It Depends on the state and court
How much mental capacity is required depends on the jurisdiction. In every state, there's a law that describes who has to serve jury duty, and who is exempt, and if a style of dress is prescribed. In the following, I will grab a couple of random states to illustrate, using https://www.juryduty101.com/ as the main source, because they give a good overview for all 50 states but are not fully reliable for all details. Look up your proper state statute using the reference links from the site.
Do also note that courthouses might have additional requirements that might be higher or more specific, especially in the dress code (some might require to wear face masks, others don't) or current health status (like testing negative for COVID). It's required to read the call for jury duty for those. As a random example: the Eastern District of New York tells its expectations (almost mimicked by most other courts):
Proper court attire is mandatory. No jeans, shorts, tank tops, sweats or other very casual attire is permitted. Dress "business casual" or "business" for your appearance.
In connecticut, there's a rather simple list of who's exempt from Jury Duty in the first place. The page is listing, among others, disability as an excuse from Jury Duty, and you need to qualify in the first place. The Qualifications demanded from a juror, among others, are this:
- have the ability to read, speak, and understand English
- be of sound mind to the capability of "rendering satisfactory juror service, being able to perform a sedentary job requiring close attention for three consecutive business days for six hours per day, with short breaks in the morning and afternoon sessions."
The bolded portion is why people with ADHD might get an excuse in Connecticut, while the sound of mind part allows someone with a mental disability to claim disqualification.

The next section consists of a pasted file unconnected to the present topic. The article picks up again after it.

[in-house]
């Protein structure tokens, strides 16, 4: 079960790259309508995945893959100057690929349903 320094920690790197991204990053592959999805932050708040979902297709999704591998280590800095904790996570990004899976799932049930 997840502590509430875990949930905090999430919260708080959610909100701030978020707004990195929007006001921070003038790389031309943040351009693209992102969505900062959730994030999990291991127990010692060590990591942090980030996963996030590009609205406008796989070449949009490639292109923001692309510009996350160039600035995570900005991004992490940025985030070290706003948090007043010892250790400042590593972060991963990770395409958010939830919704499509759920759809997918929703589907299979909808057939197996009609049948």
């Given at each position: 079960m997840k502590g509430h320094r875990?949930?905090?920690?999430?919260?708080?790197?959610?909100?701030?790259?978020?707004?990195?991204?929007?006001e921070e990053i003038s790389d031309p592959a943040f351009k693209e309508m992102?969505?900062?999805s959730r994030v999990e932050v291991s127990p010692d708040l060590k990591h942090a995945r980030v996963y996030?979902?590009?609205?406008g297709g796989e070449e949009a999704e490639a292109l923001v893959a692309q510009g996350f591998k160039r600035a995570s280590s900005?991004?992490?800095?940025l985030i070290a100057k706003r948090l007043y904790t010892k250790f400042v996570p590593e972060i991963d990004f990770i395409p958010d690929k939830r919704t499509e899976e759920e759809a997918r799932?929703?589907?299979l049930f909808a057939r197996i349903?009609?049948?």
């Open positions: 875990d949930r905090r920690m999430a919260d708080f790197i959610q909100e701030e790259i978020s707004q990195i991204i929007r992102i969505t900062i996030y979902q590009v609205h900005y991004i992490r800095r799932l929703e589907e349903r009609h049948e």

In arkansas, the qualifications demand the prospective juror to consider themselves of sound mind and good moral character - which appears as a self-estimation. The actual legislation for disqualification for sound mind and good moral can be found here, and doesn't make it a self-estimation but makes it appear a thing of fact, without elaborating how that is determined.
missouri, boldly demands a juror must not be mentally or physically ill or infirmed. or... actually that is too broad of a characterization, as it omits some crucial words:
MO Rev Stat § 494.425 Persons ineligible for jury service.
494.425. The following persons shall be disqualified from serving as a petit or grand juror: [...]
(8) Any person who, in the judgment of the court, is incapable of performing the duties of a juror because of mental or physical illness or infirmity. The juror or the juror's personal representative, may provide the court with documentation from a physician licensed to practice medicine verifying that a mental or physical condition renders the person unfit for jury service for a period of up to twenty-four months.